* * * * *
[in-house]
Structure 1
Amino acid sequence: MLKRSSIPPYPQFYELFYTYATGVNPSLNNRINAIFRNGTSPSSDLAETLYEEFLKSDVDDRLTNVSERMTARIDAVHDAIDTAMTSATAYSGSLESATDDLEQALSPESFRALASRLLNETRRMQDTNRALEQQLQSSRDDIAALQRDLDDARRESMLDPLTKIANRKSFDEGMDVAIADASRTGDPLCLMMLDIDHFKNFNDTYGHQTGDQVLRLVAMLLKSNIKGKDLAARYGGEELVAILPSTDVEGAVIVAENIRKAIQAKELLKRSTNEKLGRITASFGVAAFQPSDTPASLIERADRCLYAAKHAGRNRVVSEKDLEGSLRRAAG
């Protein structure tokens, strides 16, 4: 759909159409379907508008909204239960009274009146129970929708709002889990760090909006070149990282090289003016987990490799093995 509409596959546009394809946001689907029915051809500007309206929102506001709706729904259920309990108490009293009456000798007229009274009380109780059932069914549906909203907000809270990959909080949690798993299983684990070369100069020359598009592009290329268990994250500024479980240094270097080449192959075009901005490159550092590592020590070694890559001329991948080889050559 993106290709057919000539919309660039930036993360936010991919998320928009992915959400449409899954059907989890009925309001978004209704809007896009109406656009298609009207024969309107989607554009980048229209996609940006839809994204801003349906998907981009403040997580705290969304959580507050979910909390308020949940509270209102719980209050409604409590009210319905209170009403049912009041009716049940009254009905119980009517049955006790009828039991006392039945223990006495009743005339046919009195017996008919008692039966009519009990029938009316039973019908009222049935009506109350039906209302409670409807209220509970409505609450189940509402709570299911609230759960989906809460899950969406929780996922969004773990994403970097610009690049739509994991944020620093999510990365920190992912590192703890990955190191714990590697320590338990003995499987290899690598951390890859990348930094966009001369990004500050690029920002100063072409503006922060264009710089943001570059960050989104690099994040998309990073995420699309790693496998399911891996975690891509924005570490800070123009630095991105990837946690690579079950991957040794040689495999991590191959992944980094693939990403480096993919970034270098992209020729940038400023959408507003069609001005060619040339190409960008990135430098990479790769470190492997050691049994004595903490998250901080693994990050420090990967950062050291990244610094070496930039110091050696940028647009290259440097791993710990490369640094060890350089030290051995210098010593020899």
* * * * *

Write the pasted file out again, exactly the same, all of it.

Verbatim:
[in-house]
Structure 1
Amino acid sequence: MLKRSSIPPYPQFYELFYTYATGVNPSLNNRINAIFRNGTSPSSDLAETLYEEFLKSDVDDRLTNVSERMTARIDAVHDAIDTAMTSATAYSGSLESATDDLEQALSPESFRALASRLLNETRRMQDTNRALEQQLQSSRDDIAALQRDLDDARRESMLDPLTKIANRKSFDEGMDVAIADASRTGDPLCLMMLDIDHFKNFNDTYGHQTGDQVLRLVAMLLKSNIKGKDLAARYGGEELVAILPSTDVEGAVIVAENIRKAIQAKELLKRSTNEKLGRITASFGVAAFQPSDTPASLIERADRCLYAAKHAGRNRVVSEKDLEGSLRRAAG
């Protein structure tokens, strides 16, 4: 759909159409379907508008909204239960009274009146129970929708709002889990760090909006070149990282090289003016987990490799093995 509409596959546009394809946001689907029915051809500007309206929102506001709706729904259920309990108490009293009456000798007229009274009380109780059932069914549906909203907000809270990959909080949690798993299983684990070369100069020359598009592009290329268990994250500024479980240094270097080449192959075009901005490159550092590592020590070694890559001329991948080889050559 993106290709057919000539919309660039930036993360936010991919998320928009992915959400449409899954059907989890009925309001978004209704809007896009109406656009298609009207024969309107989607554009980048229209996609940006839809994204801003349906998907981009403040997580705290969304959580507050979910909390308020949940509270209102719980209050409604409590009210319905209170009403049912009041009716049940009254009905119980009517049955006790009828039991006392039945223990006495009743005339046919009195017996008919008692039966009519009990029938009316039973019908009222049935009506109350039906209302409670409807209220509970409505609450189940509402709570299911609230759960989906809460899950969406929780996922969004773990994403970097610009690049739509994991944020620093999510990365920190992912590192703890990955190191714990590697320590338990003995499987290899690598951390890859990348930094966009001369990004500050690029920002100063072409503006922060264009710089943001570059960050989104690099994040998309990073995420699309790693496998399911891996975690891509924005570490800070123009630095991105990837946690690579079950991957040794040689495999991590191959992944980094693939990403480096993919970034270098992209020729940038400023959408507003069609001005060619040339190409960008990135430098990479790769470190492997050691049994004595903490998250901080693994990050420090990967950062050291990244610094070496930039110091050696940028647009290259440097791993710990490369640094060890350089030290051995210098010593020899």